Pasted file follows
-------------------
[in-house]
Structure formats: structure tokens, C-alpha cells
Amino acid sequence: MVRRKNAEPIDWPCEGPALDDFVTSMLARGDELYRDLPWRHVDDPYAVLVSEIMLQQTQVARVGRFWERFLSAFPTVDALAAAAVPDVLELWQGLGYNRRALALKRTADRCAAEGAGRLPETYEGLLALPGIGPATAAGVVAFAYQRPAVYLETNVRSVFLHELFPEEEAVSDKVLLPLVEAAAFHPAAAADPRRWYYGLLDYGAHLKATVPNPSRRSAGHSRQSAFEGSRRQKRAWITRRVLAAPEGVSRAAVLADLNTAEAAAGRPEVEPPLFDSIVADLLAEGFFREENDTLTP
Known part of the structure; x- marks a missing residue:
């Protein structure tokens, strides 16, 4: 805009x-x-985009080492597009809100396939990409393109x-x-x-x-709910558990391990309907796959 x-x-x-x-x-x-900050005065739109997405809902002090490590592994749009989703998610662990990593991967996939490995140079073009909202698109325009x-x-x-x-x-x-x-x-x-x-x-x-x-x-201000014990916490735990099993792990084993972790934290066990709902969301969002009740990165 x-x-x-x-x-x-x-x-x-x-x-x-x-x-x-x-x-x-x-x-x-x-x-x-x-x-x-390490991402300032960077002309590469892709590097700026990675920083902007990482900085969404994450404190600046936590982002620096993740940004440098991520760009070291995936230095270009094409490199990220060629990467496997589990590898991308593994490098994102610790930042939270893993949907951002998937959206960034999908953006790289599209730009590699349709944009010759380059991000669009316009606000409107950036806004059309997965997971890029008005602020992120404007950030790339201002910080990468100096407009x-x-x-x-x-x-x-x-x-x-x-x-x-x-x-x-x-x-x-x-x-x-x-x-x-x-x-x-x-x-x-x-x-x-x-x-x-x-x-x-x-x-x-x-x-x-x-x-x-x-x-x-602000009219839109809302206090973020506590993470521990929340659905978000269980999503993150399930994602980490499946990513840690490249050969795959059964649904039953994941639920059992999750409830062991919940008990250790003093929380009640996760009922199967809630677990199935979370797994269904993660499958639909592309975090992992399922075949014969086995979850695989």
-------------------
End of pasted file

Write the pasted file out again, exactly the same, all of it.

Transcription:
[in-house]
Structure formats: structure tokens, C-alpha cells
Amino acid sequence: MVRRKNAEPIDWPCEGPALDDFVTSMLARGDELYRDLPWRHVDDPYAVLVSEIMLQQTQVARVGRFWERFLSAFPTVDALAAAAVPDVLELWQGLGYNRRALALKRTADRCAAEGAGRLPETYEGLLALPGIGPATAAGVVAFAYQRPAVYLETNVRSVFLHELFPEEEAVSDKVLLPLVEAAAFHPAAAADPRRWYYGLLDYGAHLKATVPNPSRRSAGHSRQSAFEGSRRQKRAWITRRVLAAPEGVSRAAVLADLNTAEAAAGRPEVEPPLFDSIVADLLAEGFFREENDTLTP
Known part of the structure; x- marks a missing residue:
């Protein structure tokens, strides 16, 4: 805009x-x-985009080492597009809100396939990409393109x-x-x-x-709910558990391990309907796959 x-x-x-x-x-x-900050005065739109997405809902002090490590592994749009989703998610662990990593991967996939490995140079073009909202698109325009x-x-x-x-x-x-x-x-x-x-x-x-x-x-201000014990916490735990099993792990084993972790934290066990709902969301969002009740990165 x-x-x-x-x-x-x-x-x-x-x-x-x-x-x-x-x-x-x-x-x-x-x-x-x-x-x-390490991402300032960077002309590469892709590097700026990675920083902007990482900085969404994450404190600046936590982002620096993740940004440098991520760009070291995936230095270009094409490199990220060629990467496997589990590898991308593994490098994102610790930042939270893993949907951002998937959206960034999908953006790289599209730009590699349709944009010759380059991000669009316009606000409107950036806004059309997965997971890029008005602020992120404007950030790339201002910080990468100096407009x-x-x-x-x-x-x-x-x-x-x-x-x-x-x-x-x-x-x-x-x-x-x-x-x-x-x-x-x-x-x-x-x-x-x-x-x-x-x-x-x-x-x-x-x-x-x-x-x-x-x-x-602000009219839109809302206090973020506590993470521990929340659905978000269980999503993150399930994602980490499946990513840690490249050969795959059964649904039953994941639920059992999750409830062991919940008990250790003093929380009640996760009922199967809630677990199935979370797994269904993660499958639909592309975090992992399922075949014969086995979850695989």